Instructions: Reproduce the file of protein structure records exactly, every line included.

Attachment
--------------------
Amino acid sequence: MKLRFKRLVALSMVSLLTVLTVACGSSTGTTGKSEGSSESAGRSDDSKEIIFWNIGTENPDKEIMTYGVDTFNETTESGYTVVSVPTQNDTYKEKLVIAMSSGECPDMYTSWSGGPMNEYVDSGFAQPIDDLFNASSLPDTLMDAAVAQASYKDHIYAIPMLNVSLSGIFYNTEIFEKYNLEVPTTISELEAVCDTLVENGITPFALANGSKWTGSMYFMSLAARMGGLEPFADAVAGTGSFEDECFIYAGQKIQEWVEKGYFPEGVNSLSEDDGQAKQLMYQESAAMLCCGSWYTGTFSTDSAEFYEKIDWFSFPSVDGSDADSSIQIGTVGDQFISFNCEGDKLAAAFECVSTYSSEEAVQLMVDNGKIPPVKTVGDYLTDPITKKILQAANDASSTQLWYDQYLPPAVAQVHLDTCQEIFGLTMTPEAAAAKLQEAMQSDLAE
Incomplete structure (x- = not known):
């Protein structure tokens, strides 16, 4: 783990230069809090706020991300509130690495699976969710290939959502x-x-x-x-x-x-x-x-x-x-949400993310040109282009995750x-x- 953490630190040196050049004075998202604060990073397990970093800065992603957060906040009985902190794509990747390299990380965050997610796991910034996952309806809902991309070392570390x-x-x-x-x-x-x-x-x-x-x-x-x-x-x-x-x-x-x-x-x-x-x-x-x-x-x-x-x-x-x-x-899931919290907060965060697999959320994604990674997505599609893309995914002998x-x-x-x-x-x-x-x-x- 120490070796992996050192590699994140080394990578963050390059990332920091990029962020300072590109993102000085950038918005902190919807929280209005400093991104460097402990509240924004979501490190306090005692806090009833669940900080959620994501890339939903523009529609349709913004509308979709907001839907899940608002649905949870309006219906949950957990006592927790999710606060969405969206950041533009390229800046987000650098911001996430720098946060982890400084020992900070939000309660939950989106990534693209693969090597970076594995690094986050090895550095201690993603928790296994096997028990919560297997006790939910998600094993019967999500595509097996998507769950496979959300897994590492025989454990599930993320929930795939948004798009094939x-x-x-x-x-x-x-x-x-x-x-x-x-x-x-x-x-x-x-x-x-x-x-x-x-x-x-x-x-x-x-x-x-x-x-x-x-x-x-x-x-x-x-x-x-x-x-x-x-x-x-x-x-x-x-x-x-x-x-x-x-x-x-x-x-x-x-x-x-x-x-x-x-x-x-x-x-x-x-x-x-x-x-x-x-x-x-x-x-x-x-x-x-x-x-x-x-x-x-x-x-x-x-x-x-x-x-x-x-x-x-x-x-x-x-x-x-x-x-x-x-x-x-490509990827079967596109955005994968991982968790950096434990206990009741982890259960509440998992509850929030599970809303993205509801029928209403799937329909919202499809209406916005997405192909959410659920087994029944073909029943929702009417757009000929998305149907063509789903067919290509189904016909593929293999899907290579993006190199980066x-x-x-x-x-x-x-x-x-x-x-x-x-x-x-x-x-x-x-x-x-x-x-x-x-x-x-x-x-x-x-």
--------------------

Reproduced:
Amino acid sequence: MKLRFKRLVALSMVSLLTVLTVACGSSTGTTGKSEGSSESAGRSDDSKEIIFWNIGTENPDKEIMTYGVDTFNETTESGYTVVSVPTQNDTYKEKLVIAMSSGECPDMYTSWSGGPMNEYVDSGFAQPIDDLFNASSLPDTLMDAAVAQASYKDHIYAIPMLNVSLSGIFYNTEIFEKYNLEVPTTISELEAVCDTLVENGITPFALANGSKWTGSMYFMSLAARMGGLEPFADAVAGTGSFEDECFIYAGQKIQEWVEKGYFPEGVNSLSEDDGQAKQLMYQESAAMLCCGSWYTGTFSTDSAEFYEKIDWFSFPSVDGSDADSSIQIGTVGDQFISFNCEGDKLAAAFECVSTYSSEEAVQLMVDNGKIPPVKTVGDYLTDPITKKILQAANDASSTQLWYDQYLPPAVAQVHLDTCQEIFGLTMTPEAAAAKLQEAMQSDLAE
Incomplete structure (x- = not known):
């Protein structure tokens, strides 16, 4: 783990230069809090706020991300509130690495699976969710290939959502x-x-x-x-x-x-x-x-x-x-949400993310040109282009995750x-x- 953490630190040196050049004075998202604060990073397990970093800065992603957060906040009985902190794509990747390299990380965050997610796991910034996952309806809902991309070392570390x-x-x-x-x-x-x-x-x-x-x-x-x-x-x-x-x-x-x-x-x-x-x-x-x-x-x-x-x-x-x-x-899931919290907060965060697999959320994604990674997505599609893309995914002998x-x-x-x-x-x-x-x-x- 120490070796992996050192590699994140080394990578963050390059990332920091990029962020300072590109993102000085950038918005902190919807929280209005400093991104460097402990509240924004979501490190306090005692806090009833669940900080959620994501890339939903523009529609349709913004509308979709907001839907899940608002649905949870309006219906949950957990006592927790999710606060969405969206950041533009390229800046987000650098911001996430720098946060982890400084020992900070939000309660939950989106990534693209693969090597970076594995690094986050090895550095201690993603928790296994096997028990919560297997006790939910998600094993019967999500595509097996998507769950496979959300897994590492025989454990599930993320929930795939948004798009094939x-x-x-x-x-x-x-x-x-x-x-x-x-x-x-x-x-x-x-x-x-x-x-x-x-x-x-x-x-x-x-x-x-x-x-x-x-x-x-x-x-x-x-x-x-x-x-x-x-x-x-x-x-x-x-x-x-x-x-x-x-x-x-x-x-x-x-x-x-x-x-x-x-x-x-x-x-x-x-x-x-x-x-x-x-x-x-x-x-x-x-x-x-x-x-x-x-x-x-x-x-x-x-x-x-x-x-x-x-x-x-x-x-x-x-x-x-x-x-x-x-x-x-490509990827079967596109955005994968991982968790950096434990206990009741982890259960509440998992509850929030599970809303993205509801029928209403799937329909919202499809209406916005997405192909959410659920087994029944073909029943929702009417757009000929998305149907063509789903067919290509189904016909593929293999899907290579993006190199980066x-x-x-x-x-x-x-x-x-x-x-x-x-x-x-x-x-x-x-x-x-x-x-x-x-x-x-x-x-x-x-």